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(Original post by Piano enthusiast)
Hi, I'm 27 and looking for some advice regarding doing A levels as an adult. Specifically if it is possible to just do a couple of subjects (physics and further maths) at A2 level since I already have them at AS level, and how I would go about doing so, if anybody has any experience doing this.

I did my a levels in 2010 and got 3A in biology, chemistry and maths, and at AS level I also received 2A additionally in physics and further maths. I went to med school but dropped out. I am now interested in studying maths and physics at university, but unfortunately many good universities now require A* as entry requirements as well as further maths and/or physics at full A level.

I am going to email the admissions departments to see if I am eligible. If not I was wondering about alternatives - e.g. if any universities will accept me with a foundation year or if I will have to do A levels again/upgrade my AS levels to A2.

Had anybody been in this situation? Thanks in advance
1. As said A levels are now linear and have been for c3 years. Not split into AS and A2 , just all the exams at the end of the course for 100% of the marks.
2. Colleges dont really run A levels any more, few do, but even those are limited to school age. Check with your local college.
3. Most A levels are done through private study or buying an online course. Physics you should find online easier enough, but FM is more specialised. You also have to do the practical.
4. As discussed foundation year is an option, but only the uni can tell you. I tend to be against FY in most cases because of the cost and it using HE student finance.
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harrysbar
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(Original post by 999tigger)
As discussed foundation year is an option, but only the uni can tell you. I tend to be against FY in most cases because of the cost and it using HE student finance.
I agree with you about foundation years in most cases tigger but I think in this specific case it might be the best option. OP already has good enough A levels for a medicine degree making an Access course less suitable, and is just lacking the high level Maths/Physics required for a Maths/Physics degree. Therefore I think they would be a good candidate for a foundation year like the one I linked at Manchester uni.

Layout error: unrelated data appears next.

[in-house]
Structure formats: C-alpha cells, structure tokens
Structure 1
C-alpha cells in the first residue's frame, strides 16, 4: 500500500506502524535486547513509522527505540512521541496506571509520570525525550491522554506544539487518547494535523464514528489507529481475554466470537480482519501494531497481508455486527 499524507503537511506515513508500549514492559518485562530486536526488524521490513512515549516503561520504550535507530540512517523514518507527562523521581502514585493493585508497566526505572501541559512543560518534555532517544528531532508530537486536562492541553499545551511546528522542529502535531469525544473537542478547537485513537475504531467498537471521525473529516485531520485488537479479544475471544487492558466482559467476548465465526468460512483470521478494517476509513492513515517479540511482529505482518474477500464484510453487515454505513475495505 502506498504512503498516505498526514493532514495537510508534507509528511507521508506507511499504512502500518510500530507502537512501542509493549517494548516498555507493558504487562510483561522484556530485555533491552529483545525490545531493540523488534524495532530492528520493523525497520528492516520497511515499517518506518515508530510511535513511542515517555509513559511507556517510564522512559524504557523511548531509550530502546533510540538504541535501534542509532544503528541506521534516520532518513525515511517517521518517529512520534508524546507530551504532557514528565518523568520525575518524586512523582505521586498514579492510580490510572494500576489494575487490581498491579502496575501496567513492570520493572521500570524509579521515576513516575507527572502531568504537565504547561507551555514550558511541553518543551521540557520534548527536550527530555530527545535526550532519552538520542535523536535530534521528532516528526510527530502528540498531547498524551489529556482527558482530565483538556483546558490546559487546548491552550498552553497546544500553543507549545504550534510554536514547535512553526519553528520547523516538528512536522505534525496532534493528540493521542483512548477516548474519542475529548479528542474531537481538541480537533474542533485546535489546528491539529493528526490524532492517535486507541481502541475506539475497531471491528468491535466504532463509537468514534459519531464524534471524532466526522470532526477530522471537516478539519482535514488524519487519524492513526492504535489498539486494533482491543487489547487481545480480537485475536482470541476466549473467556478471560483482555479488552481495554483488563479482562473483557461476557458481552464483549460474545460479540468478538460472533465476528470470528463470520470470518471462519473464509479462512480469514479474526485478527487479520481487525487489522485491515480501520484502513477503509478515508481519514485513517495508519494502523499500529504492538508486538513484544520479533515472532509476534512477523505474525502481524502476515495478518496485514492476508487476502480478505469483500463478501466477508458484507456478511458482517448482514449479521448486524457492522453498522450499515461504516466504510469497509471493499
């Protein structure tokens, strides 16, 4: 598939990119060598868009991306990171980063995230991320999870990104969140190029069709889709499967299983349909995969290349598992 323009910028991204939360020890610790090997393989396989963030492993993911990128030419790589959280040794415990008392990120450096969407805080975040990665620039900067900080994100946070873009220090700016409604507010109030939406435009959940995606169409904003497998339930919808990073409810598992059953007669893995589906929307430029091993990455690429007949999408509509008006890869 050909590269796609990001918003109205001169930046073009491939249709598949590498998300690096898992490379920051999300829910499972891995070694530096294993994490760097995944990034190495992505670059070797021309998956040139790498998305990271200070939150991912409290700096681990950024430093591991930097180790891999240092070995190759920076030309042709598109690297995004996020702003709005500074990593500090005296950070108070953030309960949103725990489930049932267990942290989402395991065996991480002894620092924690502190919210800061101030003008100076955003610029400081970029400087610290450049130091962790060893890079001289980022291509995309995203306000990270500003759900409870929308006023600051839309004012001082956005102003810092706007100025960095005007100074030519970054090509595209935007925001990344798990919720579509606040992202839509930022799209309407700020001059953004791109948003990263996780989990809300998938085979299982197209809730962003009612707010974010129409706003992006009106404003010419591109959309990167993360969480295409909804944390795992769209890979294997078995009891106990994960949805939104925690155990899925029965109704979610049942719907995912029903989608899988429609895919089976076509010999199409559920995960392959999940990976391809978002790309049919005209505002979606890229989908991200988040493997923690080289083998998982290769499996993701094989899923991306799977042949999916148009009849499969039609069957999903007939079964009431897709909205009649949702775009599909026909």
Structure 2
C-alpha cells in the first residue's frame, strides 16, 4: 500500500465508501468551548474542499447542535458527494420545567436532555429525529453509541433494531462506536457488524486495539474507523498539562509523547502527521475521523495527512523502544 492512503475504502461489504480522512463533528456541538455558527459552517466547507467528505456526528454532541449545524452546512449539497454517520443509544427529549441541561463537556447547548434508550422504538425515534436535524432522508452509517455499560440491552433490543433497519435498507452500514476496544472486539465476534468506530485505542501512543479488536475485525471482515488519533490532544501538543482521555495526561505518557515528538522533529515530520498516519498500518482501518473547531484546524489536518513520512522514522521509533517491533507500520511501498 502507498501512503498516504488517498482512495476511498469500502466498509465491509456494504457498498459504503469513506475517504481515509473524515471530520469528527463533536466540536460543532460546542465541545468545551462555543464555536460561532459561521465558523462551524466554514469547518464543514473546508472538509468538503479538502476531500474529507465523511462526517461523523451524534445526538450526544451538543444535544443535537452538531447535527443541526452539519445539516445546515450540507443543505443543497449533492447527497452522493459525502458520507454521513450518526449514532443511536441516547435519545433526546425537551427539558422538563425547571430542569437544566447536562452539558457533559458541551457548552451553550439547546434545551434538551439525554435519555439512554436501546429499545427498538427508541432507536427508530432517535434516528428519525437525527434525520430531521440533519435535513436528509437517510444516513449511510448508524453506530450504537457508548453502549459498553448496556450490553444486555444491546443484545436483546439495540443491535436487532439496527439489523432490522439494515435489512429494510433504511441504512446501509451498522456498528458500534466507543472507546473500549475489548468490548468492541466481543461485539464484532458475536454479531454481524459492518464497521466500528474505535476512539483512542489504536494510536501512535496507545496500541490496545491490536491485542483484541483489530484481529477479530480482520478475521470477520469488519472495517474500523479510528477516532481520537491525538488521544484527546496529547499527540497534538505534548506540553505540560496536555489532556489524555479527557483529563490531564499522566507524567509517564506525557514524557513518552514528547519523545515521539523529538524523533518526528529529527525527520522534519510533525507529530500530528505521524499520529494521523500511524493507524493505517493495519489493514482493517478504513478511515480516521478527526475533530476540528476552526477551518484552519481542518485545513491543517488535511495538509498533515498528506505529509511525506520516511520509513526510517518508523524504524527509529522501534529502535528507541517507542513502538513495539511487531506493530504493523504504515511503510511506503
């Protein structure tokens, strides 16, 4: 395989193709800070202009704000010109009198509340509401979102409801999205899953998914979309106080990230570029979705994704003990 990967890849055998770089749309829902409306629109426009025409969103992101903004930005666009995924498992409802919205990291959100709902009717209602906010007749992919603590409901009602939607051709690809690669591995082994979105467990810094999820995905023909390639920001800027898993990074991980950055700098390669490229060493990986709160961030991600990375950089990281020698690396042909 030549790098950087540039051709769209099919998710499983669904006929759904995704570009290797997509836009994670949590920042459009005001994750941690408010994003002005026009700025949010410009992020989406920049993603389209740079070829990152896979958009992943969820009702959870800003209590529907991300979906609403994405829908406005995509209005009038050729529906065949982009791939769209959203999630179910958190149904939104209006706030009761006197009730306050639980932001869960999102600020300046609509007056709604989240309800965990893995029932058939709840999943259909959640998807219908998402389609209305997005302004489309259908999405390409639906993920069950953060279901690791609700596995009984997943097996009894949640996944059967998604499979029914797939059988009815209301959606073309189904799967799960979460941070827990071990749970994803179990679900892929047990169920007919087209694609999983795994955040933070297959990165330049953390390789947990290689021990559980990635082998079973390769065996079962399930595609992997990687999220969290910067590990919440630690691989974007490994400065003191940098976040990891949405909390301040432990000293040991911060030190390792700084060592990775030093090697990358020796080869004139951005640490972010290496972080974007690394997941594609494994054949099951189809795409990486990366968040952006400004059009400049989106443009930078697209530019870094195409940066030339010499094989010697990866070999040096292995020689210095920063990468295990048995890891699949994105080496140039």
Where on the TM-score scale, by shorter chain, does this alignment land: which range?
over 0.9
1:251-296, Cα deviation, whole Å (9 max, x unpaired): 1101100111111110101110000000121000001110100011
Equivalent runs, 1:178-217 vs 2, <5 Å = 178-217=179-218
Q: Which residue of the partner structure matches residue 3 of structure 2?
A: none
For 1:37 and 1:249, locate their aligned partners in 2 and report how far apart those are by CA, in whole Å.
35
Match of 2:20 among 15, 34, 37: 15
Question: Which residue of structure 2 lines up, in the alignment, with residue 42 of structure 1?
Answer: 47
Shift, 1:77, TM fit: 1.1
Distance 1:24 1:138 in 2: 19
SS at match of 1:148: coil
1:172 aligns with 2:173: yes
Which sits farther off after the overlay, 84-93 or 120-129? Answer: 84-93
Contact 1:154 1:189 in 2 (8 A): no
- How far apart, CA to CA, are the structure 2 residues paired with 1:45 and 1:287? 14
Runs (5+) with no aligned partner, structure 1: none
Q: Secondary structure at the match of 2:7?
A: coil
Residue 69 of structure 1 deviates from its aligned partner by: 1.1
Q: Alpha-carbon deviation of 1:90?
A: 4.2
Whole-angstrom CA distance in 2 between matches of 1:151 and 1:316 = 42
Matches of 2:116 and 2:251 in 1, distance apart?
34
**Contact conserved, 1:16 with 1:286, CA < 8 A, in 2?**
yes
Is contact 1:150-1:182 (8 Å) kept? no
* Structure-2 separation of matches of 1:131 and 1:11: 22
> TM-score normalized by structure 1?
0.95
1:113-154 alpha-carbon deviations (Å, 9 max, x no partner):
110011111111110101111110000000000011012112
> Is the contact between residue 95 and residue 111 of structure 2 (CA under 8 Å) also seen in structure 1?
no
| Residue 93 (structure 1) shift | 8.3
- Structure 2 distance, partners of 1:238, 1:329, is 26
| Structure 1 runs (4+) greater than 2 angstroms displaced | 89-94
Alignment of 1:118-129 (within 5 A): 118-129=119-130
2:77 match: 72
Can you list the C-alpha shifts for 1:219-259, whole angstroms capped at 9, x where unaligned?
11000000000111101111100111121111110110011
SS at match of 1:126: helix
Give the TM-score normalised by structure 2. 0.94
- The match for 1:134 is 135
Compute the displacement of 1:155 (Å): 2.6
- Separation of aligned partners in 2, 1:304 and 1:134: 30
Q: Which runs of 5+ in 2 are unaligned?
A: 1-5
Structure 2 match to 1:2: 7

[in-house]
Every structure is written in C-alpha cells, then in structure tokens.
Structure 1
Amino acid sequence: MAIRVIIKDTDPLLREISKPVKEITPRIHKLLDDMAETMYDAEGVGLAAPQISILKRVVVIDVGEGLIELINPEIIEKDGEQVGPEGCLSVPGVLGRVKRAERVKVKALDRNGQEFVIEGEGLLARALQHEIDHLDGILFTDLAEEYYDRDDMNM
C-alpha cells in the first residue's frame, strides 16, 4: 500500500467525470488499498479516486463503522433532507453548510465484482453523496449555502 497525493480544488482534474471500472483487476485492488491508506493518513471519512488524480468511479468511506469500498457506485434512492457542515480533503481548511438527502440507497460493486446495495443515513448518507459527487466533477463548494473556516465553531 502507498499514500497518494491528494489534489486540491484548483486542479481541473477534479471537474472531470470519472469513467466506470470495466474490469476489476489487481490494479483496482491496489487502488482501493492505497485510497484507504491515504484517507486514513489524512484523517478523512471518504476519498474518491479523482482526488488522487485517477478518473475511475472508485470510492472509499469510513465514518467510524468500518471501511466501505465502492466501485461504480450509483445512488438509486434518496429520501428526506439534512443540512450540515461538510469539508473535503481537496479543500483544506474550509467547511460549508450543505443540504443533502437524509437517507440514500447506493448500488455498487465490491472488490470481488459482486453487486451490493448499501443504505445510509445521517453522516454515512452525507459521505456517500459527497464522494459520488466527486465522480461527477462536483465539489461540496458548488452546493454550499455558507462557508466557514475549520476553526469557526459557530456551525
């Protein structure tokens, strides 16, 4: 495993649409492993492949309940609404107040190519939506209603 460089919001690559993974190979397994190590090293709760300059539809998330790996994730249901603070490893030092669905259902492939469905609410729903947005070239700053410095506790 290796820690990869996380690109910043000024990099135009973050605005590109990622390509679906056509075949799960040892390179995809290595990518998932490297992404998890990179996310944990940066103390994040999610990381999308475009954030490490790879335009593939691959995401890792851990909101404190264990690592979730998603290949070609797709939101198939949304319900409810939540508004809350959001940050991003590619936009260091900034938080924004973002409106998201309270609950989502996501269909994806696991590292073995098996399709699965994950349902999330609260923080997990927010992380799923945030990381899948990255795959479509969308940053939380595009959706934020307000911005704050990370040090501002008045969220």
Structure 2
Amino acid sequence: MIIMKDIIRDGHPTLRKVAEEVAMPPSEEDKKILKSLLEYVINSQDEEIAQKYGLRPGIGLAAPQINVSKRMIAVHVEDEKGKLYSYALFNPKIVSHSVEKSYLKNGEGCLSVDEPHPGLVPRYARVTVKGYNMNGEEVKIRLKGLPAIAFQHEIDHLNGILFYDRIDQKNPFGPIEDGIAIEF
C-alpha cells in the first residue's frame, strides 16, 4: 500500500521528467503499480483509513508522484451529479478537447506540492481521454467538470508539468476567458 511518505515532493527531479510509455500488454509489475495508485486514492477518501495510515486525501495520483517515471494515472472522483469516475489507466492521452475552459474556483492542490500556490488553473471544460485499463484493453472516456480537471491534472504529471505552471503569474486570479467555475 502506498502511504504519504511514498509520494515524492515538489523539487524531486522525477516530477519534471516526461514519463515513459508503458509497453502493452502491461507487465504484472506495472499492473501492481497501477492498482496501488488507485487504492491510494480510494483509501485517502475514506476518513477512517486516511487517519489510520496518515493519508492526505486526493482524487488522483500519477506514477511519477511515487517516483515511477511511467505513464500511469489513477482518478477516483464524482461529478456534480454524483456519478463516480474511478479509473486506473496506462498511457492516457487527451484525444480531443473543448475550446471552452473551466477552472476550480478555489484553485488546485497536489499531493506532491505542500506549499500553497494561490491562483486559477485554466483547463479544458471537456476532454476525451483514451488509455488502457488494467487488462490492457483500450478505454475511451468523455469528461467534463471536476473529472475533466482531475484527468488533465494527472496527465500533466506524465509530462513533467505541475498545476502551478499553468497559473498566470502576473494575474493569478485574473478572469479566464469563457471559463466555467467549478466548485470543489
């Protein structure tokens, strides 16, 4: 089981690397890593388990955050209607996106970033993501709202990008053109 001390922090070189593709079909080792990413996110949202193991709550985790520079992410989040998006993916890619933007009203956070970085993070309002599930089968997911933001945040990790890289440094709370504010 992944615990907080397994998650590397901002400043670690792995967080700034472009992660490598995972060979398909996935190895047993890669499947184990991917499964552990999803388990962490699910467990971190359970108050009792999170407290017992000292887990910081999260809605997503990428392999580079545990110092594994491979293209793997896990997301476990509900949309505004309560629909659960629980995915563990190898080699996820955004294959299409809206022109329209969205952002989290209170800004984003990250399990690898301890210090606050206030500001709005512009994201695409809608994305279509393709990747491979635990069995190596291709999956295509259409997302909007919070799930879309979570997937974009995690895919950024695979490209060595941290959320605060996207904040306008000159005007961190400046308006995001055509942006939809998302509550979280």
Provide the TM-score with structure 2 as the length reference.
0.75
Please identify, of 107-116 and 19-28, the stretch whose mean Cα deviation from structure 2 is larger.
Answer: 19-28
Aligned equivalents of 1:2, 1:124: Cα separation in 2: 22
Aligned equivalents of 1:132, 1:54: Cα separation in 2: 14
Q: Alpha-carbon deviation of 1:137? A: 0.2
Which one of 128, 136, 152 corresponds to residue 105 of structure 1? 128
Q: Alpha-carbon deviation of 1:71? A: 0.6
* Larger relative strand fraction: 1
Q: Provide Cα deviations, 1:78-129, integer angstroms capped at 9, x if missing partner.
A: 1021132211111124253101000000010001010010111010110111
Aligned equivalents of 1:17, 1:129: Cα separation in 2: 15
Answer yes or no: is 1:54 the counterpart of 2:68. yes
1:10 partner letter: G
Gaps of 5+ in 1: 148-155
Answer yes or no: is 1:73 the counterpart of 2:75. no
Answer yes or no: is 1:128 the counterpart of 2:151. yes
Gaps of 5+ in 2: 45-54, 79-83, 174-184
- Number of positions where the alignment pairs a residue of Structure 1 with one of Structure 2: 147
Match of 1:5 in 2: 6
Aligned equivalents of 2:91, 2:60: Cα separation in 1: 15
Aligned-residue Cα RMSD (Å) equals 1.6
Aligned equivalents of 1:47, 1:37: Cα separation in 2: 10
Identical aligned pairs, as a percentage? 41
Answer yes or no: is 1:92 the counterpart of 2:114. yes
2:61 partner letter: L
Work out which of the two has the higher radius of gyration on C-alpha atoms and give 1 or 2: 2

The best foundation years are designed for people with have high level skills already, only not in the required subjects so I think an integrated foundation year at a uni like Manchester could be the answer. You and I get suspicious as soon as we hear the words "foundation year" because too many unis use them cynically to recruit students with very poor A levels onto courses that they would never get onto normally when an Access course or A level resits would be cheaper. However, in this case I believe that the cost of using up a year of HE student finance would be justified if it is a legitimate stepping stone onto the course that OP really wants to do.
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999tigger
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(Original post by harrysbar)
I agree with you about foundation years in most cases tigger but I think in this specific case it might be the best option. OP already has good enough A levels for a medicine degree making an Access course less suitable, and is just lacking the high level Maths/Physics required for a Maths/Physics degree. Therefore I think they would be a good candidate for a foundation year like the one I linked at Manchester uni.

The best foundation years are designed for people with have high level skills already, only not in the required subjects so I think an integrated foundation year at a uni like Manchester could be the answer. You and I get suspicious as soon as we hear the words "foundation year" because too many unis use them cynically to recruit students with very poor A levels onto courses that they would never get onto normally when an Access course or A level resits would be cheaper. However, in this case I believe that the cost of using up a year of HE student finance would be justified if it is a legitimate stepping stone onto the course that OP really wants to do.
Worth investigating and yes they are a candidate. the other for someone with that level of academics is just to do an A level. Depends what the uni offers him..

So I would do further investigation and then pros and cons.

The other issue is how recent their last study was as 2010 is likely to be too old for some unis.

Hello btw. Hope you are well.
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ajj2000
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Hi

How long did you study medicine for? I'm somewhat of the view that a foundation degree might work really well for you so long as you have the funding available. Southampton would be worth contacting as they have a maths/ physics/ engineering one. A member on here had good experiences at Manchester.

Which universities are you aiming for? I guess you are aiming high given your past achievements and looking at a* courses?
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Piano enthusiast
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(Original post by ajj2000)
Hi

How long did you study medicine for? I'm somewhat of the view that a foundation degree might work really well for you so long as you have the funding available. Southampton would be worth contacting as they have a maths/ physics/ engineering one. A member on here had good experiences at Manchester.

Which universities are you aiming for? I guess you are aiming high given your past achievements and looking at a* courses?
I was eyeing up Lancaster possibly the theoretical physics with maths degree as they are highly ranked and seem to be a bit less strict on their entry requirements although they do require physics at full a level which I don't have. I might be eligible for their maths degree. I'm trying to think how to word my email to them in which I can convey my interest and willingness to do what is required for me to be eligible for and succeed in their course.
Bristol and Manchester have maths or physics degrees with a foundation year that I am going to enquire although I was studying in Manchester so I don't know how comfortable I feel going back there.